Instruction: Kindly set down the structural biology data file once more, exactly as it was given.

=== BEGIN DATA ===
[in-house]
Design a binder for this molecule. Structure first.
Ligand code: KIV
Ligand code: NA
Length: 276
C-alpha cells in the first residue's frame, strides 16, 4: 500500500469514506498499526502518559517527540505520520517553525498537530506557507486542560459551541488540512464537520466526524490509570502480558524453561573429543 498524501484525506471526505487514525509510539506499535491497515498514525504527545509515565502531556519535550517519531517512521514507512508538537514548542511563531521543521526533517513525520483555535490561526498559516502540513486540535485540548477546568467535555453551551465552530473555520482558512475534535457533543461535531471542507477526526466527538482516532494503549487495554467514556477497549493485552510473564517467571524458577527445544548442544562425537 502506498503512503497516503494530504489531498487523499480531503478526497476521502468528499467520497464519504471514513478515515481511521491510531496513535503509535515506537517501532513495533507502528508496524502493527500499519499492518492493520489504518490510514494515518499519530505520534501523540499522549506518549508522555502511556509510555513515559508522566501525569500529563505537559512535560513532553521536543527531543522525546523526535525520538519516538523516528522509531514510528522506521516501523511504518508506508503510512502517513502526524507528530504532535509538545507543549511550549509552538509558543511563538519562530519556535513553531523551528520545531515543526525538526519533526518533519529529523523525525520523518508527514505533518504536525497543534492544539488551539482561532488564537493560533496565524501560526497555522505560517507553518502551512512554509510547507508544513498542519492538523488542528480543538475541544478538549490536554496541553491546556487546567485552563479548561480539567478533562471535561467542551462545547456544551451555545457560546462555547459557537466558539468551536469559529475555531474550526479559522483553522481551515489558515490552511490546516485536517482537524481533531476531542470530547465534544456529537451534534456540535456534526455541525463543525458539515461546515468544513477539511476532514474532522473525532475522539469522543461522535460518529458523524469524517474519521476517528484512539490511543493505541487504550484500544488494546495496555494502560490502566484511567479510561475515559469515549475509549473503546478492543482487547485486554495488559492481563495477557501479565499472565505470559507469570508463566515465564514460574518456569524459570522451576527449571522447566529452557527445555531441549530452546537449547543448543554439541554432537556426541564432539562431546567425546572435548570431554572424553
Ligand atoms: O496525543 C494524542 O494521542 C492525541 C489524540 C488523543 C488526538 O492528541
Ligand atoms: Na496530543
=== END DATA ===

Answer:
[in-house]
Design a binder for this molecule. Structure first.
Ligand code: KIV
Ligand code: NA
Length: 276
C-alpha cells in the first residue's frame, strides 16, 4: 500500500469514506498499526502518559517527540505520520517553525498537530506557507486542560459551541488540512464537520466526524490509570502480558524453561573429543 498524501484525506471526505487514525509510539506499535491497515498514525504527545509515565502531556519535550517519531517512521514507512508538537514548542511563531521543521526533517513525520483555535490561526498559516502540513486540535485540548477546568467535555453551551465552530473555520482558512475534535457533543461535531471542507477526526466527538482516532494503549487495554467514556477497549493485552510473564517467571524458577527445544548442544562425537 502506498503512503497516503494530504489531498487523499480531503478526497476521502468528499467520497464519504471514513478515515481511521491510531496513535503509535515506537517501532513495533507502528508496524502493527500499519499492518492493520489504518490510514494515518499519530505520534501523540499522549506518549508522555502511556509510555513515559508522566501525569500529563505537559512535560513532553521536543527531543522525546523526535525520538519516538523516528522509531514510528522506521516501523511504518508506508503510512502517513502526524507528530504532535509538545507543549511550549509552538509558543511563538519562530519556535513553531523551528520545531515543526525538526519533526518533519529529523523525525520523518508527514505533518504536525497543534492544539488551539482561532488564537493560533496565524501560526497555522505560517507553518502551512512554509510547507508544513498542519492538523488542528480543538475541544478538549490536554496541553491546556487546567485552563479548561480539567478533562471535561467542551462545547456544551451555545457560546462555547459557537466558539468551536469559529475555531474550526479559522483553522481551515489558515490552511490546516485536517482537524481533531476531542470530547465534544456529537451534534456540535456534526455541525463543525458539515461546515468544513477539511476532514474532522473525532475522539469522543461522535460518529458523524469524517474519521476517528484512539490511543493505541487504550484500544488494546495496555494502560490502566484511567479510561475515559469515549475509549473503546478492543482487547485486554495488559492481563495477557501479565499472565505470559507469570508463566515465564514460574518456569524459570522451576527449571522447566529452557527445555531441549530452546537449547543448543554439541554432537556426541564432539562431546567425546572435548570431554572424553
Ligand atoms: O496525543 C494524542 O494521542 C492525541 C489524540 C488523543 C488526538 O492528541
Ligand atoms: Na496530543